By Nathalie Voit
The personal information of over 1.5 billion Facebook users is being sold online on a popular website for hackers in what is reportedly the largest and most significant data breach to date for the social media platform. However, the validity of the data dump is still in question, as experts suspect the offer could be a scam.
According to Privacy Affairs, a member of a known hacking forum claimed to have the personal information in late September. The hacker offered to sell the data to prospective buyers all at once or in chunks. One potential buyer claimed to have received a quote of $5,000 for the data of one million users. According to the seller, the data for each Facebook account includes name, location, email address, phone number, gender, and user ID.
Samples shared by the hacker appear to be authentic, Privacy Affairs reported. After cross-checking the data against previous Facebook leaks and finding no known matches, the outlet was able to verify that the sample data was indeed unique and not simply a duplicate or resell of old data.
The hacker claims to be in charge of a four-years-old Facebook data scraping operation with over 18,000 clients.
However, according to a forum user who claims to have paid the seller, the seller has yet to send him anything in return. Privacy Affairs can only attest to the authenticity of the multiple samples, which appear to be real.
Web scraping, as opposed to hacking, is a means of data extraction whereby publicly available information is accessed and organized into lists and databases. The information can be utilized for sophisticated phishing operations and scams. The data could also be sold to internet marketers who may bombard individuals with unsolicited advertising or robocalls.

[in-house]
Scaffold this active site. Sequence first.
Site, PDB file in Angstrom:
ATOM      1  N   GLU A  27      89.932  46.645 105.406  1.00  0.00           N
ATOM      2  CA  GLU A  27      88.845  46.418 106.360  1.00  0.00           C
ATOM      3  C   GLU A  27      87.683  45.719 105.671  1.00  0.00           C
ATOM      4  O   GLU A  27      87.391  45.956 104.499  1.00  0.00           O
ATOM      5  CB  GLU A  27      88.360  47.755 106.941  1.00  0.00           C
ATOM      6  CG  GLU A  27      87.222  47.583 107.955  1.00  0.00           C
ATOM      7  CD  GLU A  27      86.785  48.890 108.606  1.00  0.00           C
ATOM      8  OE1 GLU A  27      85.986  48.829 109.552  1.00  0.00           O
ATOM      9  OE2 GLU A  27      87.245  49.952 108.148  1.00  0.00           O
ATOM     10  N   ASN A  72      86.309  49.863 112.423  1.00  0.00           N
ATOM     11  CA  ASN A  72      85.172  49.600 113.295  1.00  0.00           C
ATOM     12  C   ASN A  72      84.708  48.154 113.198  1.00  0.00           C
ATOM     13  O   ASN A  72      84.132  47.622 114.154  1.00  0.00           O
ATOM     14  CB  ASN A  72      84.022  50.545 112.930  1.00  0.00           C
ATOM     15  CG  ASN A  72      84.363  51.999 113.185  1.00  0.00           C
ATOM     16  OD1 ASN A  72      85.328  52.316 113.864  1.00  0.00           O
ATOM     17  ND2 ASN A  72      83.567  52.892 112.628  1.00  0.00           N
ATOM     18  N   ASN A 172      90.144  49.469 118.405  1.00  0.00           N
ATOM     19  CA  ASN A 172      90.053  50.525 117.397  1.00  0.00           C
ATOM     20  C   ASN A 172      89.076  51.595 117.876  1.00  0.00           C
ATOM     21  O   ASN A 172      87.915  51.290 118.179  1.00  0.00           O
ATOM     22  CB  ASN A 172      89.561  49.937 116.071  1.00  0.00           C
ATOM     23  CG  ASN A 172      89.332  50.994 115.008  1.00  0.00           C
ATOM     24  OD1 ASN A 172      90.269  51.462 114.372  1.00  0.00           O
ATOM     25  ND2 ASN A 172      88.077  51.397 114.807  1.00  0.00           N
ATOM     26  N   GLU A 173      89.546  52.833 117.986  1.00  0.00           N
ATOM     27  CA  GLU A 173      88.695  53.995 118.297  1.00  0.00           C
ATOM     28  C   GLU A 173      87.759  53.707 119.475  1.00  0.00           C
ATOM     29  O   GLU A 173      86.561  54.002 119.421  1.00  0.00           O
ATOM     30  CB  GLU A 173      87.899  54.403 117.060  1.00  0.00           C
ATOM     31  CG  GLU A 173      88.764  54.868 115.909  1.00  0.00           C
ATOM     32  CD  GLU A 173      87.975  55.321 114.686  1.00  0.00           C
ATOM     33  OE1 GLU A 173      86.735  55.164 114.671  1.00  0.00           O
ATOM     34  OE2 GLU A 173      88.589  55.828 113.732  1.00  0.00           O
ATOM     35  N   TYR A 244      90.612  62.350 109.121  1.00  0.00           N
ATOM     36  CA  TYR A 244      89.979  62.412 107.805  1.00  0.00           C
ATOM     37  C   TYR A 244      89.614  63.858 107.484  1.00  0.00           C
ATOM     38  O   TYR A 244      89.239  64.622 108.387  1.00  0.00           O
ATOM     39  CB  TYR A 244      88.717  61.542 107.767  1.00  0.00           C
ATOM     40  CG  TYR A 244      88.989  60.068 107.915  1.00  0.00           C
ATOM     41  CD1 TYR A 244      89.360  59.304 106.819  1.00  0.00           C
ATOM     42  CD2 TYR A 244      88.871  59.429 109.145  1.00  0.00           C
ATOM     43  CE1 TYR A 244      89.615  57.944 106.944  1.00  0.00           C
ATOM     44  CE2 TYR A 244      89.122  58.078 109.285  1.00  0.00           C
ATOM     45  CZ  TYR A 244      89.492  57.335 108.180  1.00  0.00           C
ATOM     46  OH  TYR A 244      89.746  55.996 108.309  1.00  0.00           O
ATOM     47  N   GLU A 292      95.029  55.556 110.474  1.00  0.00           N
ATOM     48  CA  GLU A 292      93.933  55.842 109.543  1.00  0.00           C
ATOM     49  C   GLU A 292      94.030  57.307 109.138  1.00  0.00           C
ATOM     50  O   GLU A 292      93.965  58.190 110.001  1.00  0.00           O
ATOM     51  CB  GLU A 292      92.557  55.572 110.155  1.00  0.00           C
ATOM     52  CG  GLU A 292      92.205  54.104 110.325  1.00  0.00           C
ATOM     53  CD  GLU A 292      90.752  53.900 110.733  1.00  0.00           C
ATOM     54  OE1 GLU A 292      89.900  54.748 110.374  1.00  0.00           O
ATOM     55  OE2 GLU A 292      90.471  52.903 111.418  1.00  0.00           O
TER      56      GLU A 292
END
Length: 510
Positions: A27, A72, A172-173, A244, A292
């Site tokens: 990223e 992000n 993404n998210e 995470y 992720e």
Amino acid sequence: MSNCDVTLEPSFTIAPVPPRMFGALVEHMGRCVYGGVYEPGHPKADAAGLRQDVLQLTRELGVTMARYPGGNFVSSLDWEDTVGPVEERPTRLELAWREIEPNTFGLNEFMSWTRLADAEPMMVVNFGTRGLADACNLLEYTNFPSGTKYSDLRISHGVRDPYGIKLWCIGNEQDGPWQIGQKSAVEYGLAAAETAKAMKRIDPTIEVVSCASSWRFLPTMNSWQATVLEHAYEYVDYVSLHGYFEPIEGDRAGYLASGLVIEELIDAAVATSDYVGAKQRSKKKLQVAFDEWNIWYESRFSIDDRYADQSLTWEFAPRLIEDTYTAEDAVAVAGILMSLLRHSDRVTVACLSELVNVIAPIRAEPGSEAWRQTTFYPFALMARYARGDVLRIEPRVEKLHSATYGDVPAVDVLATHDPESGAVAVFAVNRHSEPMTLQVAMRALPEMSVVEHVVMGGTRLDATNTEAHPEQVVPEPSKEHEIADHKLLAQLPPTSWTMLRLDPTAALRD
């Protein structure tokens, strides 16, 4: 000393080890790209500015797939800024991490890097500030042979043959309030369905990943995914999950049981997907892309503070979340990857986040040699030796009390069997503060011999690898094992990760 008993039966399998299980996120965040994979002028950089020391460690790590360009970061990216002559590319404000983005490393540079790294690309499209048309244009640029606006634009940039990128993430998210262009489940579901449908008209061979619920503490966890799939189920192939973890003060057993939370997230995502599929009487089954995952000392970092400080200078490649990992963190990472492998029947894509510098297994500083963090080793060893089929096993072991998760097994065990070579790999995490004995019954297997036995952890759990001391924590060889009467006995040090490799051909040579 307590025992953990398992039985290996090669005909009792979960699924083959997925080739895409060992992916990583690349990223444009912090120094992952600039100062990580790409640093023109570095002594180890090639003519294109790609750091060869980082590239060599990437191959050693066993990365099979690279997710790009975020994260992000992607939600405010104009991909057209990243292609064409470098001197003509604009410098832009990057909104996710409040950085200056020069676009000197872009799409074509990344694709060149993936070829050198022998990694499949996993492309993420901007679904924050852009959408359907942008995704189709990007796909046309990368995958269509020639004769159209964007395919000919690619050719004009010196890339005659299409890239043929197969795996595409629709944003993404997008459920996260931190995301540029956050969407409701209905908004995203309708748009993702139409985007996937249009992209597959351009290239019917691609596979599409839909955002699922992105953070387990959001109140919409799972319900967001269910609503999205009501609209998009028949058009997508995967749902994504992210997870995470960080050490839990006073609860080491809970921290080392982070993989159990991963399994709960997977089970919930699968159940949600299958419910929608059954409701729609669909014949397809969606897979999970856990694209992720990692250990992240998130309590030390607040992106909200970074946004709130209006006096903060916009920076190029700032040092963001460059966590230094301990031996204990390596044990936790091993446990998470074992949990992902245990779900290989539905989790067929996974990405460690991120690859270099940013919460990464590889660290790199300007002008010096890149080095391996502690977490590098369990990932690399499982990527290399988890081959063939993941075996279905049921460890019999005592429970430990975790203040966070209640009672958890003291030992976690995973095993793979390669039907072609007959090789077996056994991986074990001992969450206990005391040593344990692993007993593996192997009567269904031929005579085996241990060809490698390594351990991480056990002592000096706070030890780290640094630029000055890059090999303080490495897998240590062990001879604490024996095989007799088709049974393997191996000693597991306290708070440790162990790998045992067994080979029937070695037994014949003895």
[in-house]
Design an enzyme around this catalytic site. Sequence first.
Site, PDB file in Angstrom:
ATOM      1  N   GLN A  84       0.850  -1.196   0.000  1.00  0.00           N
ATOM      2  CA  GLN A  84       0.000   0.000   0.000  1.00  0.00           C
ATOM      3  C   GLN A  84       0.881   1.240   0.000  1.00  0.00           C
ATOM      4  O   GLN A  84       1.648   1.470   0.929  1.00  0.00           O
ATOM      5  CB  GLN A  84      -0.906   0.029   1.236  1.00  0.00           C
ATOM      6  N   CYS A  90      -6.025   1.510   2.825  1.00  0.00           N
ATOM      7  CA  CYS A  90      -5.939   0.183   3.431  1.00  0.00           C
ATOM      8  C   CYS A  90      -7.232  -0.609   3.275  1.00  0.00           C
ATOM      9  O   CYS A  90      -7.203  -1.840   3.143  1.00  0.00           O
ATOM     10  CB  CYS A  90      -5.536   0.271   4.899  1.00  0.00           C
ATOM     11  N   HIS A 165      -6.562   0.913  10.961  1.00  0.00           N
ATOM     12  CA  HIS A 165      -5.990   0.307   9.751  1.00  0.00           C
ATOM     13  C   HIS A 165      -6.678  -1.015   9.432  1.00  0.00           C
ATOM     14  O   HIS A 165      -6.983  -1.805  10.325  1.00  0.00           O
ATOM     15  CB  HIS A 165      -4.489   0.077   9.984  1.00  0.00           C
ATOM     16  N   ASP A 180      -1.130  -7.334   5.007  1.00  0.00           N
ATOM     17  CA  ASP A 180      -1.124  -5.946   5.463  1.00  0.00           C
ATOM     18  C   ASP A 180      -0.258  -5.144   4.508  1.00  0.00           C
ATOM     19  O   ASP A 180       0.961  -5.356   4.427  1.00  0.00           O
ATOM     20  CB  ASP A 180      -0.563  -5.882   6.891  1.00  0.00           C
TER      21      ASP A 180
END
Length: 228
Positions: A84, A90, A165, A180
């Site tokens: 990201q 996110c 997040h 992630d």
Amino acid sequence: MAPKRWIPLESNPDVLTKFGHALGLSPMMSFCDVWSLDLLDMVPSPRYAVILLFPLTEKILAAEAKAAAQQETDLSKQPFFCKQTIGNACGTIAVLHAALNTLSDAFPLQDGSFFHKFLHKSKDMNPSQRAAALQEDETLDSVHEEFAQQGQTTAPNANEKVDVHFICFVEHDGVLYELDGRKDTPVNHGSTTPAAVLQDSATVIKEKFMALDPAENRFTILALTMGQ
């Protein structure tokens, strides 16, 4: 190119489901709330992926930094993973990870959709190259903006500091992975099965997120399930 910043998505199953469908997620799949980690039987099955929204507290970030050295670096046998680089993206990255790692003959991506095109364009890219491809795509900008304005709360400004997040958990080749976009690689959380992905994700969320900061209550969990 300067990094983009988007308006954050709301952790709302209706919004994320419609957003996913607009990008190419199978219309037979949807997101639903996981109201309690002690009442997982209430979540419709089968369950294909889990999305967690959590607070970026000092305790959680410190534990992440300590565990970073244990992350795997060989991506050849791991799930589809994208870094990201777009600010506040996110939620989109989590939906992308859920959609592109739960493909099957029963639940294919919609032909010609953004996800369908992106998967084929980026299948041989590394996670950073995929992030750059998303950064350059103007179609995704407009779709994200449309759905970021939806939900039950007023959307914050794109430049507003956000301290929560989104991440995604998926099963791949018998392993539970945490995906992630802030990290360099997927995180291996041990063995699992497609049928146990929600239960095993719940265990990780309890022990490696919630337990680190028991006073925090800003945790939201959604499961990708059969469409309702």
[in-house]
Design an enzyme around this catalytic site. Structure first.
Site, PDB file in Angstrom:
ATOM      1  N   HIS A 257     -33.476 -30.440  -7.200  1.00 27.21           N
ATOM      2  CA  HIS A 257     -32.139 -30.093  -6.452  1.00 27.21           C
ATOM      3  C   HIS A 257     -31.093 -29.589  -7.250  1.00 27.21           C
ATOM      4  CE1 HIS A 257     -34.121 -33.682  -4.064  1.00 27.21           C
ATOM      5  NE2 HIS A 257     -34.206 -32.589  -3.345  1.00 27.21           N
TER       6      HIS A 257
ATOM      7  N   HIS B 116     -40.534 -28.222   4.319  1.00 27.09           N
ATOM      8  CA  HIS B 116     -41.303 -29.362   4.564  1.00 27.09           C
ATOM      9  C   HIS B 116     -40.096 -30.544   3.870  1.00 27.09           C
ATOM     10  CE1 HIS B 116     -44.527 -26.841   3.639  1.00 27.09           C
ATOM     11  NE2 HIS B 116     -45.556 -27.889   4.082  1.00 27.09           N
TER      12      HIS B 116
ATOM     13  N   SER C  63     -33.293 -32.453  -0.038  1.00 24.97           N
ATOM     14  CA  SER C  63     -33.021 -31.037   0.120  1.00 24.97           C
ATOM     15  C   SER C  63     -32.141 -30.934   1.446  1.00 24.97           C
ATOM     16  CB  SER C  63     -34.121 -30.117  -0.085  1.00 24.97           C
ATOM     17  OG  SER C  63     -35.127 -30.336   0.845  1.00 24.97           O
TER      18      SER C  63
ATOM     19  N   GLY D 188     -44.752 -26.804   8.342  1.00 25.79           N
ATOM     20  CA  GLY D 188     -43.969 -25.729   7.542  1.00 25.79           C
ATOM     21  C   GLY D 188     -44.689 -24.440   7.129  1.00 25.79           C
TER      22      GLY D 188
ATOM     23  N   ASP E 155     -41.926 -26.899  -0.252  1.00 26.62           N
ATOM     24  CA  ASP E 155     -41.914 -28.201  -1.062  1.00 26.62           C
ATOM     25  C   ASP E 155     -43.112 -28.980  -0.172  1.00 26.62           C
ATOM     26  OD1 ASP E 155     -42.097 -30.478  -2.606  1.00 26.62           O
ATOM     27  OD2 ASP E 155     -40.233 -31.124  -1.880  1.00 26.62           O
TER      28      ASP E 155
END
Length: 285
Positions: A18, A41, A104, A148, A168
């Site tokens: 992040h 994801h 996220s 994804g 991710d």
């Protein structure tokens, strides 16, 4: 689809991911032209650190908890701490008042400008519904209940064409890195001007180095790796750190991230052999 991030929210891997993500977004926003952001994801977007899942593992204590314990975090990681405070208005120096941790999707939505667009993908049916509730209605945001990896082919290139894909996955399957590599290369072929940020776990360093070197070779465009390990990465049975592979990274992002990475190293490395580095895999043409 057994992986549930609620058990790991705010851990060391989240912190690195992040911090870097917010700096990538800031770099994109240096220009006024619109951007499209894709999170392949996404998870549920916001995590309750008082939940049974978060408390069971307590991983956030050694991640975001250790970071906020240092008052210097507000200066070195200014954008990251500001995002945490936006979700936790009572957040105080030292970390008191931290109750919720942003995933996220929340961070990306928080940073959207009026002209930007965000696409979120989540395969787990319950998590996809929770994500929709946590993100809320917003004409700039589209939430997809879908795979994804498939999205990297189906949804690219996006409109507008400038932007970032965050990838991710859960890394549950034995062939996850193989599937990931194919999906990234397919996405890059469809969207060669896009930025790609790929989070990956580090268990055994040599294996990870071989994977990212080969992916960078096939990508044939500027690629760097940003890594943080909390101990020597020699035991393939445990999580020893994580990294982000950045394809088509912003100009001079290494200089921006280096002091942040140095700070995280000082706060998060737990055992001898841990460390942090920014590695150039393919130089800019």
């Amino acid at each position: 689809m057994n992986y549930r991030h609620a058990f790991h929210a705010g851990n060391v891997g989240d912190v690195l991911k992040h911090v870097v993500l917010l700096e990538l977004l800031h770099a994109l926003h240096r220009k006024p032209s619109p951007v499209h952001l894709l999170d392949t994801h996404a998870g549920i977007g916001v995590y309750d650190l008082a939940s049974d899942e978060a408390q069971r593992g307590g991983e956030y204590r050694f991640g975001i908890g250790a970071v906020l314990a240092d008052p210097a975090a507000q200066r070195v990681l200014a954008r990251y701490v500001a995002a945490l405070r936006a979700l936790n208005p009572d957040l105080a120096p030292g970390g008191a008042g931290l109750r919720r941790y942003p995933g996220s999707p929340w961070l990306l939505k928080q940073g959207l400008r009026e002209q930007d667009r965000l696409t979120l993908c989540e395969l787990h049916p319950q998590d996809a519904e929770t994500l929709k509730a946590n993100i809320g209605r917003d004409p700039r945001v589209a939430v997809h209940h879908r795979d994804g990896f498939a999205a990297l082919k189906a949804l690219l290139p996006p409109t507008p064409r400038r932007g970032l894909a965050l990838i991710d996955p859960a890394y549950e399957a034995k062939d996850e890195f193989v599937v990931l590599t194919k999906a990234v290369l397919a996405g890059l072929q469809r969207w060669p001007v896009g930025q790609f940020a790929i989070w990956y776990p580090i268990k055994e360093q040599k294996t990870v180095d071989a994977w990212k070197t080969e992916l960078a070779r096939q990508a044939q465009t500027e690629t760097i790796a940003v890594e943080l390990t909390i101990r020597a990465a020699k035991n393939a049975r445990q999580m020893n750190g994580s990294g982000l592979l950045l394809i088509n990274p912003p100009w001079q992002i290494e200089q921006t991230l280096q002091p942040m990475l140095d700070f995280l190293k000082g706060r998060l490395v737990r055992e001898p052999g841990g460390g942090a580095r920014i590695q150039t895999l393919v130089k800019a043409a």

Although no accounts appear to have been compromised at the time, takeovers could still occur if the data lands in the hands of the right cybercriminals. Data could also be used to target individuals with unwanted cold calls or promotional emails.
“Scammers can do an enormous amount with little information from us,” said CyberScout founder Adam Levin, a cybersecurity expert and consumer protection advocate. “It’s serious when phone numbers are out there. The danger when you have phone numbers, in particular, is a universal identifier.”
This is not the first time Facebook users have had their data stolen. A similar breach earlier this year saw the leaked data of 533 million users posted to an amateur hacking forum, according to NPR. In that breach, the scraped data was leaked online and posted to the dark web for free.
The news of the alleged data leak arrived amid a global outage affecting Facebook and its subsidiary platforms, Instagram and WhatsApp, on Oct. 4. The social media platforms were offline for much of the day, Newsweek reported.
“We’re aware that some people are having trouble accessing our apps and products,” Facebook said on its official Twitter account. “We’re working to get things back to normal as quickly as possible, and we apologize for any inconvenience.”
According to Privacy Affairs, the outage was unrelated to the hack and data sale scheme.